[OPE-L:2490] commodity money in Marx's theory

Costas Lapavitsas (CL5@soas.ac.uk)
Fri, 7 Jun 1996 03:46:15 -0700

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Just three more observations on the issue of commodity money, a
little late but better than never.

Wray's work has been mentioned, so has Schumpeter's (we could also
add Hicks and Iwai in Japan), to the effect that starting with money
as a commodity a) is historically incorrect and b) identifies money
with means of exchange (originating in barter). Better to start
with credit and money as unit of account (and means of
payment). Neither of these claims is persuasive, nor is the

As far as history is concerned, the 'credit' school appear to
confuse coin with the means of exchange. We do indeed have literary
evidence in Homer, long before the invention of coinage in Ionia in
the C6th BC, of the use of money as dowry, ritual gift, and blood-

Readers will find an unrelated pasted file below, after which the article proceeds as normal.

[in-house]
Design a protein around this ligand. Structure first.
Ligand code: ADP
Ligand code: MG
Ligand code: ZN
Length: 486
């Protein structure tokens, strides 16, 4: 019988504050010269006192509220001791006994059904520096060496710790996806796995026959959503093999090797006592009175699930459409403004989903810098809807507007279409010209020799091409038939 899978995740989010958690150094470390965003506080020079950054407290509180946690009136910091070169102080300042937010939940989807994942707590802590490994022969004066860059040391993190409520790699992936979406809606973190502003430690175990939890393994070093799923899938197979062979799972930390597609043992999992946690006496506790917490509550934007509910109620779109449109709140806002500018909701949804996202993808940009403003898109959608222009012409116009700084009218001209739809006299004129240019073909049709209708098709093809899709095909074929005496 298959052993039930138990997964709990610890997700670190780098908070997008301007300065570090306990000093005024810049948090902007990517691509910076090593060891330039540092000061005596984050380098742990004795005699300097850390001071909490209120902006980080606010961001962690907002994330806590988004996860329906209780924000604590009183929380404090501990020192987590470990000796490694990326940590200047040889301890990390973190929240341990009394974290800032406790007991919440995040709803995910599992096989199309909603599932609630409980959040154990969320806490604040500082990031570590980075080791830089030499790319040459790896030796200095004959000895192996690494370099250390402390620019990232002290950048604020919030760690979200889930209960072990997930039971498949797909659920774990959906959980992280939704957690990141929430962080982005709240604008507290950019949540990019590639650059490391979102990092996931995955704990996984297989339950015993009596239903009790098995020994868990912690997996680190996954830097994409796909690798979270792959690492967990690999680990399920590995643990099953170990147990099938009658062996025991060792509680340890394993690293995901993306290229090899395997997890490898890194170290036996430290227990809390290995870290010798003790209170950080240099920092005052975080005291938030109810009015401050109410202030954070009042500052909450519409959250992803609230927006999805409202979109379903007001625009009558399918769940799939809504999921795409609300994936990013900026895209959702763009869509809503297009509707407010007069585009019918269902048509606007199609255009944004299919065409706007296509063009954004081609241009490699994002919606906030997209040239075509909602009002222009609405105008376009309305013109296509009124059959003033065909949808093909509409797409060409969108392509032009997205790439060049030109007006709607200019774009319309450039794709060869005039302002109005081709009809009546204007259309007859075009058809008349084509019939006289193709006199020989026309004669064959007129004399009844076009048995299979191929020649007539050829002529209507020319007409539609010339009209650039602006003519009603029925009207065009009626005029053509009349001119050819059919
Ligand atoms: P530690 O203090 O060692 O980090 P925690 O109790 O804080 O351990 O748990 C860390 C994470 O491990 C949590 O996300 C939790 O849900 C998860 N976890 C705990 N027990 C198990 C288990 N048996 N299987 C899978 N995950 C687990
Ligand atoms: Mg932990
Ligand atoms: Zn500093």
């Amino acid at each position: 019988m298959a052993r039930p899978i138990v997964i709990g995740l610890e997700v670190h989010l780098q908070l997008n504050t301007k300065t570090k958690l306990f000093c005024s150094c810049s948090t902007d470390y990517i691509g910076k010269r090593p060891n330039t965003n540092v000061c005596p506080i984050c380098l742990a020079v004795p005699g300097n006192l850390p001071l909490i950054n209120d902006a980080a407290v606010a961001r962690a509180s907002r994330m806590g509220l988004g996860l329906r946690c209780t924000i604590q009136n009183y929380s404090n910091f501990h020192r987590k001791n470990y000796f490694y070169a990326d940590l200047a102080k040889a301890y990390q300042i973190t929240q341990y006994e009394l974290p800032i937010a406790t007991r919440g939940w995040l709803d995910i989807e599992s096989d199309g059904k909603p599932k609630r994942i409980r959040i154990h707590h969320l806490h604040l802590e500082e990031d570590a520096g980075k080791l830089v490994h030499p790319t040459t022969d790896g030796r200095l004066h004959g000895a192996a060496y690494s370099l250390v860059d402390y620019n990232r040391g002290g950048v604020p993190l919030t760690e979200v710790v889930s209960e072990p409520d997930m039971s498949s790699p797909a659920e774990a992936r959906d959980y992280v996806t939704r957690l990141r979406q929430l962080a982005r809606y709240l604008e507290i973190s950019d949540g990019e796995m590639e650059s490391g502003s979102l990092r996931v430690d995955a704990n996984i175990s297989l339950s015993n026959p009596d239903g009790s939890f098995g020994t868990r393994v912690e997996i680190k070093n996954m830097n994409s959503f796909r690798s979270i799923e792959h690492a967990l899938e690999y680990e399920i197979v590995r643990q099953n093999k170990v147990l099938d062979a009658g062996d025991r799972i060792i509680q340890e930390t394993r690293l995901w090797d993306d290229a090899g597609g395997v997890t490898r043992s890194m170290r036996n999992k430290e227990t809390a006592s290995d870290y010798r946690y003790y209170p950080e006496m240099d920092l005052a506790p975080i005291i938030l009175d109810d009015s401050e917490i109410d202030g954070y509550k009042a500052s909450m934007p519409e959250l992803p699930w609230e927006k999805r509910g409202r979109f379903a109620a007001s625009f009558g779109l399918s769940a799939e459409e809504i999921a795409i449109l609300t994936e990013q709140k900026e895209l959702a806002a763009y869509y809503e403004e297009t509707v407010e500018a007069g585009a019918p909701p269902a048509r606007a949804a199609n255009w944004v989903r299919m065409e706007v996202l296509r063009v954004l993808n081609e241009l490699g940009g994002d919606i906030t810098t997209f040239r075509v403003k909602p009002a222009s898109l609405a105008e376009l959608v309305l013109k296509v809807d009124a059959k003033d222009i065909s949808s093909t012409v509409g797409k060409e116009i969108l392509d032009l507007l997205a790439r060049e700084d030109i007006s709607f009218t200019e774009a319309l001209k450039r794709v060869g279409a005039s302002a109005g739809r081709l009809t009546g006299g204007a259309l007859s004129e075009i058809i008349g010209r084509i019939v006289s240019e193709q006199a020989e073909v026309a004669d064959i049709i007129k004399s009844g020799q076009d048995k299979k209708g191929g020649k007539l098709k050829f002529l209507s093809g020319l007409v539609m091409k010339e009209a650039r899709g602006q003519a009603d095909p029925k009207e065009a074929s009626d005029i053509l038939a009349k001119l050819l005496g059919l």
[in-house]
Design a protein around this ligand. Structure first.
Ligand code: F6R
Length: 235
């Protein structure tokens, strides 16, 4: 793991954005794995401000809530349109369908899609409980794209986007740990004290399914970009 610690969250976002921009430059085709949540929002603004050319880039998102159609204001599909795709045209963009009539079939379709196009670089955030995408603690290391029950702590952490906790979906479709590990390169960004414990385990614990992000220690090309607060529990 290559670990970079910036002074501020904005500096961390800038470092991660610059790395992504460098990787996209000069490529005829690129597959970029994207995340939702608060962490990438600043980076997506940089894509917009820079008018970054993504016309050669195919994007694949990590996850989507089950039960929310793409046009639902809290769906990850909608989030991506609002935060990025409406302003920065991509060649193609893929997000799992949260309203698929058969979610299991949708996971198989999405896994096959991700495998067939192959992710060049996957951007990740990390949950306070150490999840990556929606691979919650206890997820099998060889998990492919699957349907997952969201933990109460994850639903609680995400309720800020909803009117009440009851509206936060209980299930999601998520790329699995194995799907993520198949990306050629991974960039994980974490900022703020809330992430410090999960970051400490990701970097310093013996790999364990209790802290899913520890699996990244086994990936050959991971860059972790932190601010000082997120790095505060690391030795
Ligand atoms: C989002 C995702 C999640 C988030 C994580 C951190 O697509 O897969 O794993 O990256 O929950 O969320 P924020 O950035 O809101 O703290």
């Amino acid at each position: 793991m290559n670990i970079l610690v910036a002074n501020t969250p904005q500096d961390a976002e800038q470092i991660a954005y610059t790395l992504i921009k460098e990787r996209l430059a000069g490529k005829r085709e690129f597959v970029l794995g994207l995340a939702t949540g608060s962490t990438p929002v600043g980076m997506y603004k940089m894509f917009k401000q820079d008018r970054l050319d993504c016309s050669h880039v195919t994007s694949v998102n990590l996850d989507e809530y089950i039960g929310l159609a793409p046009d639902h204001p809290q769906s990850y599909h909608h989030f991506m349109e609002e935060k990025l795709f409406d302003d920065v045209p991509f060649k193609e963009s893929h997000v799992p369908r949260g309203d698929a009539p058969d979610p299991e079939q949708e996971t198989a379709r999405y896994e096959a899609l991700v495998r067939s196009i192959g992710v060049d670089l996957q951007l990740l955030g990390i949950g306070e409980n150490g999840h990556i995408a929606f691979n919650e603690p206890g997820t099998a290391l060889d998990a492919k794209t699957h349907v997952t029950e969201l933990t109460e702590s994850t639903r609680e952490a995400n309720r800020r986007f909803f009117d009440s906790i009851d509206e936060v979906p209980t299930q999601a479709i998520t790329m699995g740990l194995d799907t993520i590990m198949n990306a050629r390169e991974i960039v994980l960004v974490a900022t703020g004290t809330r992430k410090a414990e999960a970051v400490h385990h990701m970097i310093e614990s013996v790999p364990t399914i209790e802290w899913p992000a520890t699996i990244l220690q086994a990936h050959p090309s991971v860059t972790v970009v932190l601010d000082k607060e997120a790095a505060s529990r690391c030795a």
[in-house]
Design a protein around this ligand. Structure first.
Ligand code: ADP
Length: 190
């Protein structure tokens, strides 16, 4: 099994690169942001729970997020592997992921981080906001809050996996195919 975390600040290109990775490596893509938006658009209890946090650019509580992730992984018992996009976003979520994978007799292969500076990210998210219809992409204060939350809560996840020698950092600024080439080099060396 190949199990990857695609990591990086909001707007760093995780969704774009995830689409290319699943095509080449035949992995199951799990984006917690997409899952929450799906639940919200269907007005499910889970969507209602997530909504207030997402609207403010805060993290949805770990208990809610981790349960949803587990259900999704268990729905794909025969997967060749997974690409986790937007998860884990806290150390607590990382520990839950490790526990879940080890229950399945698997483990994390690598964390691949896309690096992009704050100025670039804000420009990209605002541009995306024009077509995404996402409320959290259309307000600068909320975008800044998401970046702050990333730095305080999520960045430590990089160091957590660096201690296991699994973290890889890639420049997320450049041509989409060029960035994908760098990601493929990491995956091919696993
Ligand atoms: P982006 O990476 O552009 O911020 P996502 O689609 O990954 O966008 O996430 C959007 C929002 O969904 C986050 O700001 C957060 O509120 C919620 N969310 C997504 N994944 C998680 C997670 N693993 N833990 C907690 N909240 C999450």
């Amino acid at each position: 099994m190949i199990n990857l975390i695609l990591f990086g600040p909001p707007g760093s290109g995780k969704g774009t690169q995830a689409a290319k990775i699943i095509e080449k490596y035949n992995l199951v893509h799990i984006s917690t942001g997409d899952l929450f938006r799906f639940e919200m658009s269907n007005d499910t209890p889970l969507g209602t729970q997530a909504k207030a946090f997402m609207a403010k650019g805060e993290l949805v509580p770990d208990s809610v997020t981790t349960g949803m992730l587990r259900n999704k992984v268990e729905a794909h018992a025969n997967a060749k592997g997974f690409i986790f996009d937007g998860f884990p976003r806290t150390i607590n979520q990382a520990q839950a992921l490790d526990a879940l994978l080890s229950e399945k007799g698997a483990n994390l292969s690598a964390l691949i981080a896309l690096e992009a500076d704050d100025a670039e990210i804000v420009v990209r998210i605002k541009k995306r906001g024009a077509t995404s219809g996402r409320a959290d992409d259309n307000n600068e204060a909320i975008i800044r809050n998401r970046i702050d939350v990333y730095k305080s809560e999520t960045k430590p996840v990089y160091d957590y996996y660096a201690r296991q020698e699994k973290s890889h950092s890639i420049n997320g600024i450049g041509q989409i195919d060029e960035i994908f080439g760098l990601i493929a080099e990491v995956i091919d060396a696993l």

price. There are some remarkable similarities with the Anglo-Saxon
use of Wergeld and with plenty of contemporary anthropological
material. None of this shows that money arises out of exchange. What
is does show is that money prior to capitalism was basically a
phenomenon external to the core of economic reproduction. As for
coin, its rapid spread across the Greek world of the eastern
Mediterranean, whatever else it might have depended upon, was
certainly premissed on the growth of the polis and the concomitant
expansion of trade relations. Even here, however, coined money
remained an external, corrosive influence on the economy of the oikos
and slavery.

As far as identification with means of exchange is concerned,
commodity money need not lead to such an outcome. Writers who
accuse 'metallism', whatever that is, of logical fallacy, as
Schumpeter airily does (Smith was silly here ... Ricardo was foolish
there ...), do not appreciate the relationship between money and the
substance of value in Marx's work. That money has an organic relation
with exchange is not at all the same as money being primarily a
metallic means of circulation.

To start with credit is, it seems to me, to put the cart before the
horse. Credit is trust, a complex, socially specific concept. It
requires some pretty heroic leaps to show that there is some general
social nexus among exchange agents which could act as the basis
for trust. Money is such a nexus, hence Marx's monetary theory of